Dealing with Criticism

Since I was young, I have learned to accept criticism.  Constructive criticism, as a prominent figure in my childhood used to call it.  Given my youth, and who the criticism came from, I took these as instructions on how to do better.  I lived and died by those criticisms.  I longed for the day when this person would simply say, great job and that would be it.

As I grew up, I learned that the awesome thing about criticism is I can take it or leave it.   When I began to write paranormal romance, this person had concerns because it wasn’t what he thought of as a prominent genre. Because I chose to ignore that opinion, I have published one novel and have my second on the way.

I also learned that it’s all right for someone to disagree with you.  I like paranormal romance.  It’s all right if others in my life don’t.  I write, and will continue to write the novels that speak to me; to tell the stories that I enjoy hearing.

Which leads me to the last thing I’ve learned, you can’t please everyone.  This is something echoed often these days in politics.  Someone running for office should be clear about where they stand and not change it depending on who they are talking to.  A novelist can’t write something that appeals to everyone.  It’s impossible.  Even breakout books like “50 Shades of Grey” may not appeal to someone who reads only horror novels or sweet religious mysteries.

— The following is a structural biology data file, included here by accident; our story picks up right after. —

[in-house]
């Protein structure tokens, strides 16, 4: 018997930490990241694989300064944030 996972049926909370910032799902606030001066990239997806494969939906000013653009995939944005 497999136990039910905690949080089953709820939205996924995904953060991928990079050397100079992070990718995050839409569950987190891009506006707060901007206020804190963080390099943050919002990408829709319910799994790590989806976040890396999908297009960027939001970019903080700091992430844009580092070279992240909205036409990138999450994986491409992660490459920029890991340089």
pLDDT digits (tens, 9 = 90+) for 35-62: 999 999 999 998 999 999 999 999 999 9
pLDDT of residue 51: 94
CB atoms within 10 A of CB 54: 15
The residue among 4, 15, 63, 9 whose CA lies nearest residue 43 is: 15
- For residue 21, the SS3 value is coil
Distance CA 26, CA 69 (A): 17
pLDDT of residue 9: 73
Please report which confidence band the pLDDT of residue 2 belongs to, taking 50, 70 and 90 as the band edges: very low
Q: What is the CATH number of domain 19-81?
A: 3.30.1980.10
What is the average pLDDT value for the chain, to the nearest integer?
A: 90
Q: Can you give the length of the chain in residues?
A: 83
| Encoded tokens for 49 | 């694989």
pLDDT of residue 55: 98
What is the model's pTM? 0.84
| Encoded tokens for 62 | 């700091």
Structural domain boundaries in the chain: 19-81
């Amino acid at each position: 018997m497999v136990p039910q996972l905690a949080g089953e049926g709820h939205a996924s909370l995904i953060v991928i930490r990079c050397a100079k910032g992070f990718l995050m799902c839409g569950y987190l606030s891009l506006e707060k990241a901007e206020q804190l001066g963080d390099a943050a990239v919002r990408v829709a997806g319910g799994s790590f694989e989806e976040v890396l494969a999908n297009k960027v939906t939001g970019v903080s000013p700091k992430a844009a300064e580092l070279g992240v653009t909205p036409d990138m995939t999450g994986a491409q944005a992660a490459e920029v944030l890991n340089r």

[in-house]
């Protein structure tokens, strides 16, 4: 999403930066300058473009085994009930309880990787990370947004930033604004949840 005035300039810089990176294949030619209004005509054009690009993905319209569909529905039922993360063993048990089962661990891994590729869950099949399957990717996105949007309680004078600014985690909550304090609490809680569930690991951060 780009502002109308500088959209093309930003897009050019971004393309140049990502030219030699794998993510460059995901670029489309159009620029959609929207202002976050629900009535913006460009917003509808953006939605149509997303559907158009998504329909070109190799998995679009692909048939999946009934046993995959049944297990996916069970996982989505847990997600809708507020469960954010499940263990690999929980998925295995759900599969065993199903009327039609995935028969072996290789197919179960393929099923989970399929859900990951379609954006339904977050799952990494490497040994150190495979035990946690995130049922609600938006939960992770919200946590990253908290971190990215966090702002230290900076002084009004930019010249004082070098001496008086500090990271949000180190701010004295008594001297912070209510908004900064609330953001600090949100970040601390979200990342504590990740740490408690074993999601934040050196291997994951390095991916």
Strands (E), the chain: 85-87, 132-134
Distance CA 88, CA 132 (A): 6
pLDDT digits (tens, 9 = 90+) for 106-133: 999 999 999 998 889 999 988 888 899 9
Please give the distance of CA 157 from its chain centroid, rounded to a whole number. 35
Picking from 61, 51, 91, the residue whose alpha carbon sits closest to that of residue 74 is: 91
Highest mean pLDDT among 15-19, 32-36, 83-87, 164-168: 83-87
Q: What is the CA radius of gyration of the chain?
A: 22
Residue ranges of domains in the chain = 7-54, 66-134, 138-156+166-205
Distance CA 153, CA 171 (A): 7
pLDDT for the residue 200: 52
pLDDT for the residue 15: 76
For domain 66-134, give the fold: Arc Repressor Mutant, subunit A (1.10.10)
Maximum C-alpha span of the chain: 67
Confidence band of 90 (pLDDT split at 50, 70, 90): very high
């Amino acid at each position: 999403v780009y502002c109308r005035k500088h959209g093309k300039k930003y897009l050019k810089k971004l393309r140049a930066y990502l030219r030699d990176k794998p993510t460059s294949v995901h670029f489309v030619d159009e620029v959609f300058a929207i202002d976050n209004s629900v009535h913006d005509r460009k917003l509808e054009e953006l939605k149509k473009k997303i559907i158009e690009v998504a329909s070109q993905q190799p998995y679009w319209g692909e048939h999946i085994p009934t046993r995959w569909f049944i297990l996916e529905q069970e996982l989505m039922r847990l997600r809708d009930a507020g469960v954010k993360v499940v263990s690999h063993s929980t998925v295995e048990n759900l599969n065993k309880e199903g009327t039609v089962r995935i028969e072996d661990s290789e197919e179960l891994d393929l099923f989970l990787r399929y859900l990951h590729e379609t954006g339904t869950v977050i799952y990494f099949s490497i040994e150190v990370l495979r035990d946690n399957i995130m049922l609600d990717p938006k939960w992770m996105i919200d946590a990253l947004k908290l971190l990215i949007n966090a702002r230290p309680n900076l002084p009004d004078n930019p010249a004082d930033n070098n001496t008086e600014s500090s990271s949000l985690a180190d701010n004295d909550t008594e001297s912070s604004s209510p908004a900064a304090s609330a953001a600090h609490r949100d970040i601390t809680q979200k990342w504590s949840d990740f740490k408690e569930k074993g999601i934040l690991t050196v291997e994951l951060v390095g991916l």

I have grown to find criticism valuable.  I will continue to ask the person from my youth his opinion.  I also have several other people whose opinions I value.  They don’t have to agree with me.  Even the harshest criticisms may hold something I can learn from.

The trick to dealing with criticisms is to remember:

  1. It’s not personal – For all that we as writers pour our soul into our books, criticisms of the books are not directed at us.
  2. Criticisms, critiques and reviews are opinions – Just because someone believes something is the best (or worst) thing on earth doesn’t make it so.
  3. You can leave the opinions you don’t agree with – Unless you want to make a suggested change, it’s not necessary. (unless the change is from your editor, then that’s another ball of wax entirely)
  4. It’s okay that people won’t like it – I don’t like honey-boo-boo, but that girl and her family are making money hand over fist.  (good for them)
  5. You can’t please everyone – this kind of goes with #4.  The point I want to make here is, the only one you should be worried about pleasing is yourself.

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